* Tax probe on eBay sellers comes under fire. Vanessa Houlder – The Financial Times. The UK revenue agency’s approach to tackling evasion risks “missing the bigger picture,” advisers said on Wednesday after it launched a targeted campaign aimed at eBay traders. Gary Ashford of the Chartered Institute of Taxation, a professional body, said launching campaigns aimed at specific groups every few weeks was confusing and risked diluting the anti-evasion message. The institute called on Inland Revenue to focus its efforts on a one-off national campaign open to all taxpayers whose affairs were not up to date. Link  

David Cay Johnston dissects the manufacturing tax proposal

Reuters columnist David Cay Johnston has zeroed in this week on President Obama’s proposal to apply a lower tax rate to manufacturers.  It’s an idea that may sound appealing at first glance, but will, Johnston predicts, end up more about defining the word “manufacturing” than supporting true manufacturing and manufacturing jobs.

In the video below Johnston explains his thesis. His full argument can be found in this column . And over at Double Taxation, Toni Nitti  lends his support to the argument, writing :
“even code reform based on good intentions comes with the price of complexity and confusion.” YouTube Preview Image

Essential tax and accounting reading: European carbon and tycoon taxes face headwinds, better outlook for Japanese sales tax, audit red flags, and more

Japan's Mount Fuji REUTERS/Toru Hanai

Welcome to the top tax and accounting headlines from Reuters and other sources.

* Whistleblower Joseph Insinga suing IRS for not being paid a reward. Lisa Rein – The Washington Post. Joseph A. Insinga was the ultimate whistleblower. The former executive with a Dutch bank says he divulged to the Internal Revenue Service details about how for years his employer helped U.S. companies dodge taxes. Now Insinga is taking tax authorities to court for failing to give him a reward that he says he is owed by the federal government. Insinga filed a whistleblower claim with the IRS in 2007, a year after Congress passed a law to help the government uncover tax cheats by encouraging informants to come forward. Those with inside information could receive up to 15 to 30 percent of any taxes, fines, penalties and interest the IRS collected from a taxpayer who was illegally sheltering taxes, usually a corporation. Insinga says he is entitled to a portion of the money the IRS collected from the taxpayers he exposed. He’s confident that at least one company, and maybe more, was forced to pay taxes based on his information. He had alleged that Rabobank Group, where he worked as an executive for more than a decade, helped seven companies avoid hundreds of millions of dollars in taxes through offshore partnerships and other corporate schemes. Link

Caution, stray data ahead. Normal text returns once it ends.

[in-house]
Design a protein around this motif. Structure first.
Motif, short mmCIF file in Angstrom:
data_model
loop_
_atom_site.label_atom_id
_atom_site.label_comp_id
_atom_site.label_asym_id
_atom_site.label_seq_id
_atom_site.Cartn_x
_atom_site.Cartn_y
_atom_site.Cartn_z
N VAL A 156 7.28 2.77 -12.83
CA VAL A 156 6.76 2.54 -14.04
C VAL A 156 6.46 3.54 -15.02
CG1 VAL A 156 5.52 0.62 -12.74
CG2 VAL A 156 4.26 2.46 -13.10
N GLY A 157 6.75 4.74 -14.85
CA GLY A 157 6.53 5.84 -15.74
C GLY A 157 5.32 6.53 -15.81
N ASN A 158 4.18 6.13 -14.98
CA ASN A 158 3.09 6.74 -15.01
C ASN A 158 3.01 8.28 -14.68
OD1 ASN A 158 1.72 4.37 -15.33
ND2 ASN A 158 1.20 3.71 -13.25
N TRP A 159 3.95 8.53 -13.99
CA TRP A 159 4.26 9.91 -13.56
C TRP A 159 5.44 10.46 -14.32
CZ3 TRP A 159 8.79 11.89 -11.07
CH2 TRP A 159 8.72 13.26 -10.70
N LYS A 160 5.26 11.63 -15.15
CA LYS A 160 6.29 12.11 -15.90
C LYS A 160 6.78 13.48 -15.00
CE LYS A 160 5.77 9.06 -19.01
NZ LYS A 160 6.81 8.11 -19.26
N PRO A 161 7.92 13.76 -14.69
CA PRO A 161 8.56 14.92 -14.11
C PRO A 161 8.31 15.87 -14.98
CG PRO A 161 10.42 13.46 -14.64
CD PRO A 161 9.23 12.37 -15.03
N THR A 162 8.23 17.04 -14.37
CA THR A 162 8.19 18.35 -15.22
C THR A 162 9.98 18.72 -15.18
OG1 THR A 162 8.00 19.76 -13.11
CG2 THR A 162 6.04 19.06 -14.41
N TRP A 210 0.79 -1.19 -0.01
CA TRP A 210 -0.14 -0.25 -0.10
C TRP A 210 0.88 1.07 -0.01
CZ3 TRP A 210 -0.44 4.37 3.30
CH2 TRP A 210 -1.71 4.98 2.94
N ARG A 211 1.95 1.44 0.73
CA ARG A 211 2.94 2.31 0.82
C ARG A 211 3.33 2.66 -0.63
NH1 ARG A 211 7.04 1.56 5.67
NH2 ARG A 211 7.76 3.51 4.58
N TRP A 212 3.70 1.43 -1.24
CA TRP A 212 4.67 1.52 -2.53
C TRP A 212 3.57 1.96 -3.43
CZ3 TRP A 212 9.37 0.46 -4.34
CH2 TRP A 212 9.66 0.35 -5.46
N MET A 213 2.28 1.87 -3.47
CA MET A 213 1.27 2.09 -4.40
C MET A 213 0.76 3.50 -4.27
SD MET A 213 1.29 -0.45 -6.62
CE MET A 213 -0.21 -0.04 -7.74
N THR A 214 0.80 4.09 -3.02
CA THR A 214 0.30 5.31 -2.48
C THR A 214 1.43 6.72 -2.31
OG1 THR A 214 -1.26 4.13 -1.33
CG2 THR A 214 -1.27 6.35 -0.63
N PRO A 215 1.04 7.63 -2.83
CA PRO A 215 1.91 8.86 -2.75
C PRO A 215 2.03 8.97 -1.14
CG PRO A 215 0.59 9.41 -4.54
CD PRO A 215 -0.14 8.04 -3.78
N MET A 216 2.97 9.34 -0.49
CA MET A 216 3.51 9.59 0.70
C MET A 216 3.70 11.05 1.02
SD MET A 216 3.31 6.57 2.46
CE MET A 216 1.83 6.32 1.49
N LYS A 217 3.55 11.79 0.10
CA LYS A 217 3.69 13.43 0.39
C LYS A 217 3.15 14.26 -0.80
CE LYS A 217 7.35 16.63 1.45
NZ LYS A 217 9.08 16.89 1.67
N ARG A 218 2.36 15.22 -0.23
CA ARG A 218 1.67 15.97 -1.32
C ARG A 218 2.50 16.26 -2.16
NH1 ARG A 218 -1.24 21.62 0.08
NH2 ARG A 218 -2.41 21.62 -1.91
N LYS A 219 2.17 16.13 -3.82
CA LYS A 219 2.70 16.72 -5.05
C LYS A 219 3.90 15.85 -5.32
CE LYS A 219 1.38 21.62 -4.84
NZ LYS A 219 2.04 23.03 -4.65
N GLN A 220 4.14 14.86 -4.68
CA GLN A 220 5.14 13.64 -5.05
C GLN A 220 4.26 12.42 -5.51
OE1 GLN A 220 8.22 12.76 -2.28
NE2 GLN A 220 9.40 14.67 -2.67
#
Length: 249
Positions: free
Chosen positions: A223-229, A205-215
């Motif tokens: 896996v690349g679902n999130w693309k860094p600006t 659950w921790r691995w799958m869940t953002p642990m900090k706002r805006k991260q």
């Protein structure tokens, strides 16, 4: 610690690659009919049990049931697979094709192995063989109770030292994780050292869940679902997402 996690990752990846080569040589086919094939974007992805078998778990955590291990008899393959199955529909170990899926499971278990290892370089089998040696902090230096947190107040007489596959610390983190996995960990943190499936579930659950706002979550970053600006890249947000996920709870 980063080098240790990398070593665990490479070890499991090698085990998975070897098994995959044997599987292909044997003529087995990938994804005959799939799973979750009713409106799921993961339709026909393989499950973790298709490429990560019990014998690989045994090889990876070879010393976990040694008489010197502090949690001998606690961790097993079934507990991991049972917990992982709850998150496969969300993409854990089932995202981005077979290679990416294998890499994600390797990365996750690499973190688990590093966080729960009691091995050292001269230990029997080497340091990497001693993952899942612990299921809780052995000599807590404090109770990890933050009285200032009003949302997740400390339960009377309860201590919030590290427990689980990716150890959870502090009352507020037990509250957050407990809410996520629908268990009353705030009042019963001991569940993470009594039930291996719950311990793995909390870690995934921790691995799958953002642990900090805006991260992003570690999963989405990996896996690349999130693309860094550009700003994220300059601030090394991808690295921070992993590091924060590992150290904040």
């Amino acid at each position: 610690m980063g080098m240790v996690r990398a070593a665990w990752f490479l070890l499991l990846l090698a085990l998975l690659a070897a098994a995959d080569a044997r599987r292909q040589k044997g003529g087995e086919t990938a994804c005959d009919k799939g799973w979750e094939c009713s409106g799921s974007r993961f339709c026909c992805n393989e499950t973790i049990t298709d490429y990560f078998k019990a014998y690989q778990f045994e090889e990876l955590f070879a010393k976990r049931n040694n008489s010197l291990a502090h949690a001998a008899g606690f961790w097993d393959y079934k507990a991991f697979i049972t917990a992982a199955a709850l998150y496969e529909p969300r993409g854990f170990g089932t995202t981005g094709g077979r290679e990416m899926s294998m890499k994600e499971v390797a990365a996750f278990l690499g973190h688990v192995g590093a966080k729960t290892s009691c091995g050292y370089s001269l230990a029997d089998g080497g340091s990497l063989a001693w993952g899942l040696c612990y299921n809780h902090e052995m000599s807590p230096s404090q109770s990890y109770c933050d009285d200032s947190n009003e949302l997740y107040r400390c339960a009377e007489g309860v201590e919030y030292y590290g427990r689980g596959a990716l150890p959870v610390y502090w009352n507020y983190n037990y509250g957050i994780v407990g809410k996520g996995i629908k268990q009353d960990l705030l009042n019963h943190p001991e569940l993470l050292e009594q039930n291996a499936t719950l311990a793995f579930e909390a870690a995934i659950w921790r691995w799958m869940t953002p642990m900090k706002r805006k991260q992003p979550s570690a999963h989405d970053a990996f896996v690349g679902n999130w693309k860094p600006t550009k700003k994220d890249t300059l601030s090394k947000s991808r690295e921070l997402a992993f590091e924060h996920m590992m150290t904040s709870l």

* Delay EU carbon levy, says air industry. Peter Marsh, Joshua Chaffin and Simon Rabinovitch – The Financial Times. Seven of Europe’s leading aviation companies have joined forces to warn that the European Union’s plans to charge for carbon pollution are jeopardizing 2,000 jobs and billions of dollars of orders from China. Airbus and six large European airlines said the plan to bring global airlines into the EU emissions trading scheme for carbon dioxide, which the industry has steadfastly opposed, is creating an “intolerable” threat to the European aviation industry by opening up the possibility of trade battles with China, the US and Russia. The EU’s plan to regulate the output of carbon dioxide, as part of the effort to combat global warming, has stirred concern in the European aviation industry. Airbus – which employs more than 50,000 people across Europe – argues the proposals will damage competitiveness at a time of economic weakness, wants the EU to “put on hold” the extension of the scheme to airlines until a global plan for regulating carbon emissions by airlines can be agreed. Link

* Clegg forced to go soft on ‘tycoon tax’ Kiran Stacey, Helen Warrell and Vanessa Houlder – The Financial Times. Nick Clegg has been forced to soften proposals for a “tycoon tax” less than 48 hours after announcing it as a flagship policy at his Liberal Democrat party’s spring conference. The deputy prime minister said on Saturday that he wanted to set a minimum effective tax rate, making sure high earners did not use various loopholes to pay less than 20 per cent of their income in tax. The Treasury was surprised by Mr Clegg’s explicit mention of a minimum tax rate, as they had expected his speech to focus on general anti-avoidance measures. People close to George Osborne, the chancellor, told the Financial Times a minimum rate was not being considered. Link

Trying to move a mountain: Why Congress debates tax reform in an election year

Max Baucus, chairman of the Senate Finance Committee REUTERS/Kevin Lamarque

Tax reform is coming! 

Many people say that momentum is building to revamp the tax code, but the pace can seem glacial on Capitol Hill.

Nearly everyone agrees the tax code needs a rewrite but they also agree it won’t happen in an election year.

In an effort to lay the groundwork, congressional leaders held another set of major tax reform hearings this week, dragging experts into Capitol Hill hearing rooms to discuss something that’s less likely to hit DC than a blizzard in March.

Essential tax and accounting reading: Targeting private equity taxes, IASB slows rate of change, struggling taxpayers get a break, California’s stock option addiction, and more

Hans Hoogervorst, head of the International Accounting Standards Board REUTERS/Gil Cohen Magen Welcome to the top tax and accounting headlines from Reuters and other sources.